Rationally Speaking

A monthly e-column by Massimo Pigliucci
Department of Botany, University of Tennessee

N. 18, November 2001/b: "Beer and circus in American education – Pars construens"


Since I just attacked undergraduate education at big-time sports universities in the United States, a fair question is: what could be done to solve the problem? My answers are an elaboration on those suggested by Murray Sperber in his Beer and Circus and those outlined in a highly influential report on what works and doesn’t work in American colleges, known as the Boyer Commission report.

Modest proposal 1: Big-time U’s should slim down by thousands of undergraduates until the student body is of a size that can be handled by the faculty. The only other alternative is to increase the size of the faculty by an order of magnitude, which is much more inconceivable.

Modest proposal 2: Universities should separate undergraduate teaching from the graduate training and research activities. Here I part company with Sperber in that I do not propose having a few universities devoted exclusively to research and many more to undergraduate education, though that is certainly a viable model. But it is time to stop hiring faculty on the pretense that they be good teachers when everyone knows that they are tenured and promoted because of their research and in spite of their teaching. Let’s hire good teachers to do the teaching and good researchers to do the research. If a few individuals can do both, so much the better.

Modest proposal 3: Hire at least some faculty whose research is in pedagogy. It is astounding that a lot is known about how the brain learns, and on what works and doesn’t work in teaching but that most faculty and teaching assistants are wholly ignorant of this field of work. Having at least a few colleagues who know what they are doing might actually help.

Modest proposal 4: Abolish passive teaching methods that turn undergraduates into zombies: no more lectures (with or without PowerPoint) and increased emphasis on inquiry-based learning, small class discussions, open-ended research projects and the like.

Modest proposal 5: Raise the standards of acceptance into four-year colleges: require a minimum (high) score on the Scholastic Aptitude Test or equivalent exam. Despite the fact that standardized tests have their limitations, scores on college entrance exams actually correlate much better than grades with students’ abilities at critical thinking because of rampant grade inflation. We need to acknowledge that while equal opportunity to go college is a right, acceptance into university must be based on readiness. Community colleges exist to bridge the gap for those whose performance indicates that they would not be best served by the university experience.

Modest proposal 6: End athletic scholarships. They encourage the exploitation of athletes, cause resentment among other undergraduates who had to work harder to get where they are, and in general defeat the whole point of a “scholar”-ship. It is not by chance that the Ivy League universities do not award athletic scholarships and prohibit their teams from playing bowl games.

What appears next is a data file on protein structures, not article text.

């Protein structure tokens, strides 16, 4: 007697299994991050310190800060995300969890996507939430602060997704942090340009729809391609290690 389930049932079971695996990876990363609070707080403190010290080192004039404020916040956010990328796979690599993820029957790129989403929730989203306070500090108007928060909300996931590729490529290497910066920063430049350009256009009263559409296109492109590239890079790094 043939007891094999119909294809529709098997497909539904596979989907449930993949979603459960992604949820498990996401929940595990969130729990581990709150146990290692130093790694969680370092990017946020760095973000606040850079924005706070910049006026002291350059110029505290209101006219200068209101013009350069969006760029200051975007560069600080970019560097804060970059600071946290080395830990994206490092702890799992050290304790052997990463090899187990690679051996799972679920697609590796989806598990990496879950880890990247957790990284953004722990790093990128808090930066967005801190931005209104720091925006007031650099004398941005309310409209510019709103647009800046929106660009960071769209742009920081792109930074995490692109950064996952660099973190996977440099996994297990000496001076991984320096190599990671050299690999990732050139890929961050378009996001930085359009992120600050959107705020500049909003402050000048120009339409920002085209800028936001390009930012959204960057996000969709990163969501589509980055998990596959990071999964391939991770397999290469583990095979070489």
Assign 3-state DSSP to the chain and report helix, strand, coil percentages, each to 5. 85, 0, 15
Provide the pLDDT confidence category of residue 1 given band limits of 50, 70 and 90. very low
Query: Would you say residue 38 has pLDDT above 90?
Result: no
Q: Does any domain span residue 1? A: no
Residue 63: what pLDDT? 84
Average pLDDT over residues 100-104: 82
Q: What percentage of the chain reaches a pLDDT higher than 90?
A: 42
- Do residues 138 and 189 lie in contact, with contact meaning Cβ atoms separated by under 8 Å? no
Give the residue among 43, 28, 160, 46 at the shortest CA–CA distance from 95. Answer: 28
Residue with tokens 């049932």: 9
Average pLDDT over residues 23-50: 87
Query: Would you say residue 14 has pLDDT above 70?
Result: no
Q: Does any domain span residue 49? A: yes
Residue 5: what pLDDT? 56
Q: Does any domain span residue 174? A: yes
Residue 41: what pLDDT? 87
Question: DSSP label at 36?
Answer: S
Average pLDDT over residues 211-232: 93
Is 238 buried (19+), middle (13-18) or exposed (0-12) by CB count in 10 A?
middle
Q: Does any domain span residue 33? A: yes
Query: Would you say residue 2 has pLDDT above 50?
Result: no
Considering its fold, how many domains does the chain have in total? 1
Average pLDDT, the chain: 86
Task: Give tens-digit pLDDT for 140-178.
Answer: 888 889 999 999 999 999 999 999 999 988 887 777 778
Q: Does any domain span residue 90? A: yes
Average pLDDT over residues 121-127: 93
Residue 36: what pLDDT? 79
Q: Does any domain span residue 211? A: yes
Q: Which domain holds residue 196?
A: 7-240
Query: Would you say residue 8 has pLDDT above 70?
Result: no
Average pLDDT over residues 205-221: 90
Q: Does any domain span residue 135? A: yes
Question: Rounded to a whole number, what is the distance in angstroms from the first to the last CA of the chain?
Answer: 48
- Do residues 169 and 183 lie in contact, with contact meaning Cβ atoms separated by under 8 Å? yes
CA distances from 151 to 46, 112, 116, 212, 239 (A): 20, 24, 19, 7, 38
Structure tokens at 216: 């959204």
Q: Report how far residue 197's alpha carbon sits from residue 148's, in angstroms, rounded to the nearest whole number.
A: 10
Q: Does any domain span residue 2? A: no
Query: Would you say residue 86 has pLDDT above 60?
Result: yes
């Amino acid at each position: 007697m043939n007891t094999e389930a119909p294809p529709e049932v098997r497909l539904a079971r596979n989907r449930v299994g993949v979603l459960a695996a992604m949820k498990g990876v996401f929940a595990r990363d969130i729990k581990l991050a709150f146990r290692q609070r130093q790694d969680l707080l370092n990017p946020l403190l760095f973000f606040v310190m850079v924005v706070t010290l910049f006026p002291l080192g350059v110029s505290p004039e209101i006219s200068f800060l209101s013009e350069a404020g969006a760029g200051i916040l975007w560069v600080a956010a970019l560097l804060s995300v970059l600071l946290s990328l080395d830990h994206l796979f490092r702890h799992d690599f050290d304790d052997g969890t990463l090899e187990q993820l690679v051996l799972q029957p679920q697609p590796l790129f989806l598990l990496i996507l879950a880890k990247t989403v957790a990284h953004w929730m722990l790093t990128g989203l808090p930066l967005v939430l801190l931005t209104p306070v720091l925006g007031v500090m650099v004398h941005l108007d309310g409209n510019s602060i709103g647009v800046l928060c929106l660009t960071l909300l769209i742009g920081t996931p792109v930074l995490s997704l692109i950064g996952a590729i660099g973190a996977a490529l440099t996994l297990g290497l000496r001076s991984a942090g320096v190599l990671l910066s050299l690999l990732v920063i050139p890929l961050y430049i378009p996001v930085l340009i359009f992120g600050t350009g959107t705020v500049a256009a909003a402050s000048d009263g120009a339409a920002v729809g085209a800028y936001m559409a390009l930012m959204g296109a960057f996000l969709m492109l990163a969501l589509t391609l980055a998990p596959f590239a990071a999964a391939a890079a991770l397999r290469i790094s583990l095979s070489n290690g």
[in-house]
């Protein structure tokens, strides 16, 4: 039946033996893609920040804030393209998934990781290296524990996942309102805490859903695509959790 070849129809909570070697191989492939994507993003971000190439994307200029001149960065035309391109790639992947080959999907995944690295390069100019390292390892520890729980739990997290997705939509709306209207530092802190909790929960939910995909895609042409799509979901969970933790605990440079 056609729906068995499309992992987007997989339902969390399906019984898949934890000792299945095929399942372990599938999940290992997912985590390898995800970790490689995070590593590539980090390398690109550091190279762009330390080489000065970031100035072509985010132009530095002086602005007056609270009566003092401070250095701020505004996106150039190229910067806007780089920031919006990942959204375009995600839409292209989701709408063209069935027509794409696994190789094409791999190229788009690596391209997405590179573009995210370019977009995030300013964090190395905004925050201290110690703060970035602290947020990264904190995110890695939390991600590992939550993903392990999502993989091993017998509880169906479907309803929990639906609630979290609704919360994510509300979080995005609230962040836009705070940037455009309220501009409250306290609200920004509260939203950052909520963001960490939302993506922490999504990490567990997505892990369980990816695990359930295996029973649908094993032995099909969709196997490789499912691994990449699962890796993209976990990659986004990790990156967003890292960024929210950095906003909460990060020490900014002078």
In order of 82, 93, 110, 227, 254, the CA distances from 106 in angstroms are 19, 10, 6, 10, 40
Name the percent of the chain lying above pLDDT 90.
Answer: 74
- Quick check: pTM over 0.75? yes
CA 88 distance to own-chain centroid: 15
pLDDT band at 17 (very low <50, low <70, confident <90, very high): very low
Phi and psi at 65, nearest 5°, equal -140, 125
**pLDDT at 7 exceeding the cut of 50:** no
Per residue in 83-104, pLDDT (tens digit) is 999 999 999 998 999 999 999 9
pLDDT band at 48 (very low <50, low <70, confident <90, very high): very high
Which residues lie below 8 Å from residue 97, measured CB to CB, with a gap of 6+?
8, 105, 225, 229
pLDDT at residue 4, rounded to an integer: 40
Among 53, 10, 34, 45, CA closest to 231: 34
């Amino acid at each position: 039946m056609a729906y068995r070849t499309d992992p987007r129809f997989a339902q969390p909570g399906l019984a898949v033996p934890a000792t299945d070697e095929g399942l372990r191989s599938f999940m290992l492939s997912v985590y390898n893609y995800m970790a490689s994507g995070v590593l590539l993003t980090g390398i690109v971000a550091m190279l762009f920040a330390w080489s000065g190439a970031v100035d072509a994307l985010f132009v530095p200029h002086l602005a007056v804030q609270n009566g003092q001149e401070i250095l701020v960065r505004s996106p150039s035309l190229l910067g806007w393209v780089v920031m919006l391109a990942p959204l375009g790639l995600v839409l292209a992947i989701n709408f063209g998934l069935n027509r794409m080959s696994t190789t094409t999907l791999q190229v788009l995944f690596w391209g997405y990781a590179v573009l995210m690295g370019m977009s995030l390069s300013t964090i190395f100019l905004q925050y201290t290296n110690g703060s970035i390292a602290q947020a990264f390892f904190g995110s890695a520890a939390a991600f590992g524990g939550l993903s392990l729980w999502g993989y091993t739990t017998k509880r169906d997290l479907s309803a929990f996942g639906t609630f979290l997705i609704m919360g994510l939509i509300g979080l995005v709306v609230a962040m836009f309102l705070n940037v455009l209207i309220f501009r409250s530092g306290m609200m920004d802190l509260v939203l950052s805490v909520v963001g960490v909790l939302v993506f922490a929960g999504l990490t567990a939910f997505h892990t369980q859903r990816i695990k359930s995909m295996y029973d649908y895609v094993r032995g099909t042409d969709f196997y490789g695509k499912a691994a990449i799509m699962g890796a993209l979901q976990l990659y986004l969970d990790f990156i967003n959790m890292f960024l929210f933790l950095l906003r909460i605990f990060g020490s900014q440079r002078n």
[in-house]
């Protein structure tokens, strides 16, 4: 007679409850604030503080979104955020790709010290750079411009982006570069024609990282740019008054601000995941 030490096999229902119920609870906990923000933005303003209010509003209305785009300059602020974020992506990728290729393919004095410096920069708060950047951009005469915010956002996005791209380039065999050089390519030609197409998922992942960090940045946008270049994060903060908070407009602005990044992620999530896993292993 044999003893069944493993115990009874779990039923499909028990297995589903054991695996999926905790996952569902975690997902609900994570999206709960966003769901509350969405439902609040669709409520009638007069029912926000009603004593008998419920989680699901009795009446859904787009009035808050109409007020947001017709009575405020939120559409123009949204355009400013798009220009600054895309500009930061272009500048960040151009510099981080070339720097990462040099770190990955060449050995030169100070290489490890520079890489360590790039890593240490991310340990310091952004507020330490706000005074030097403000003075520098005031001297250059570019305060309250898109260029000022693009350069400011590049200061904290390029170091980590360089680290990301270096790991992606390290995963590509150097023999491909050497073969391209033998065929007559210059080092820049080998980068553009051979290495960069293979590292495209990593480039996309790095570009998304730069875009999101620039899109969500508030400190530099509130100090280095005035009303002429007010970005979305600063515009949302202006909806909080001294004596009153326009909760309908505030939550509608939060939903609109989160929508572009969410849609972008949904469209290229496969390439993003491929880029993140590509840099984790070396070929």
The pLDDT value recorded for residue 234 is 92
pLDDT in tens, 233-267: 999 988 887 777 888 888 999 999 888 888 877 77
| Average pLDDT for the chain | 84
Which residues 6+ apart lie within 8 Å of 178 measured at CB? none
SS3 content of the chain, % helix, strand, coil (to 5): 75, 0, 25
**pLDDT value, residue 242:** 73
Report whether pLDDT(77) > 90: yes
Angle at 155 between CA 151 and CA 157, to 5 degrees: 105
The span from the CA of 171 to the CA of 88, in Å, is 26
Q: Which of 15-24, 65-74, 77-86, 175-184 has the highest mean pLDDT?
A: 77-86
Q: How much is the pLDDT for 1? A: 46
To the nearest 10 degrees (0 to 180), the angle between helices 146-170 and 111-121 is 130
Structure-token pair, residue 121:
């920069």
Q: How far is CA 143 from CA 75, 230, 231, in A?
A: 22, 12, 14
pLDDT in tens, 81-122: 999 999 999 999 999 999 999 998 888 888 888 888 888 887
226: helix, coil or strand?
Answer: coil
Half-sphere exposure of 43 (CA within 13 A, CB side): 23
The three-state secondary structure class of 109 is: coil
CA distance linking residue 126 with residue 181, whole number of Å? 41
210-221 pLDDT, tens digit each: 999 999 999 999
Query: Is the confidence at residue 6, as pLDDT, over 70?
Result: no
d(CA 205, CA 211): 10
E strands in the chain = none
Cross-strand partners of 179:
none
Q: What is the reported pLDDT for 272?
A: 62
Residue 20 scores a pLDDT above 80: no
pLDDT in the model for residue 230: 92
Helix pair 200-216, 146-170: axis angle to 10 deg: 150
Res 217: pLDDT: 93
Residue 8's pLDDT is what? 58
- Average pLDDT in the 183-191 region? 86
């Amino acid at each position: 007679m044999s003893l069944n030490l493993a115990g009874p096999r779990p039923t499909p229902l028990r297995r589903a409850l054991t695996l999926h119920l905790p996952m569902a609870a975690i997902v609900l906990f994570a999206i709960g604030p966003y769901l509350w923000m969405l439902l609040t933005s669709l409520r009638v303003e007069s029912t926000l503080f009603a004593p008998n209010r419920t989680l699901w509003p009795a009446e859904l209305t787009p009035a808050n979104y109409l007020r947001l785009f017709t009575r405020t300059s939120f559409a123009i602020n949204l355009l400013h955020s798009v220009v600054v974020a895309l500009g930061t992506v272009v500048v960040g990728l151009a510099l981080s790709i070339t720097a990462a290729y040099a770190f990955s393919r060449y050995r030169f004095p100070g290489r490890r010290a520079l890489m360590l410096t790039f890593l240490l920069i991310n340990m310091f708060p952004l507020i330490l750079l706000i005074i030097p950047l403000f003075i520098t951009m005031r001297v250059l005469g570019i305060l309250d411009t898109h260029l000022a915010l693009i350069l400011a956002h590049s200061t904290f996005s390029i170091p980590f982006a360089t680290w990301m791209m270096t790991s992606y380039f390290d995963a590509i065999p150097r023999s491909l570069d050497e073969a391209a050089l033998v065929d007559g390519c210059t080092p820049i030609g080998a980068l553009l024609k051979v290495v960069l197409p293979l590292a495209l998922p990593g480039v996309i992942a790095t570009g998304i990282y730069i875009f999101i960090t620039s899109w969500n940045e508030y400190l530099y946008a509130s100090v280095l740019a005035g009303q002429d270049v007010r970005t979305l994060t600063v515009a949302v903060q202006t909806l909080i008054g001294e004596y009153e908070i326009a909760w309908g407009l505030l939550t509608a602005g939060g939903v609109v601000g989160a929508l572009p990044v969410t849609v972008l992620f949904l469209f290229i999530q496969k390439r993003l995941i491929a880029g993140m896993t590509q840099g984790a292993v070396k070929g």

Modest proposal 7: Shut down the NCAA. We don’t need an organization whose only purpose is to exploit youths through the encouragement of a beer and circus atmosphere (March “madness” comes to mind as an example) and that does absolutely nothing to further the only legitimate goal of a university: providing the best education possible. Playing sports is a great thing and should be pursued at colleges, but intramurally as a recreational activity and extramurally only as a relaxed pastime to which no high stakes are attached. Let the professional teams pay to raise their future stars, as in every other civilized country in the world (did you realize that in 2000 the NCAA was looking at allowing athletes to seek loans based on future professional earnings? Do these people have no shame?).

Modest proposal 8: Treat coaches as regular faculty, with tenure track and salaries comparable to those of any other faculty in any other discipline. And tell them they are lucky to get that much, given that their job is far less important than the one done by the rest of the faculty.

Modest proposal 9: Educate university administrators that the university is not a for-profit business, it is a community service. Ergo, it makes no sense at all to call in business marketers to improve the school’s image or to devise strategies to increase the “customer” base, while the true needs of students (and, by extension, their future employers) go unmet. Schools that provide a good education don’t need to present a spin-doctored façade.

Modest proposal 10: Vote only for legislators who pledge to provide acceptable levels of State funding of education at all levels, including college. Education, together with health care, is among the most important rights that Americans still have to fight for, which are taken for granted in other industrialized countries.

Is all of this going to happen? Probably not, unless the current demographics and economics change significantly, or a grass-roots movement takes hold to really take our schools back. I give it a chance in a thousand, which is not much worse than the likelihood of getting a good education at a big-time U anyway. Think about it.


Next Month: "The Great Unicorn Debate"

© by Massimo Pigliucci, 2001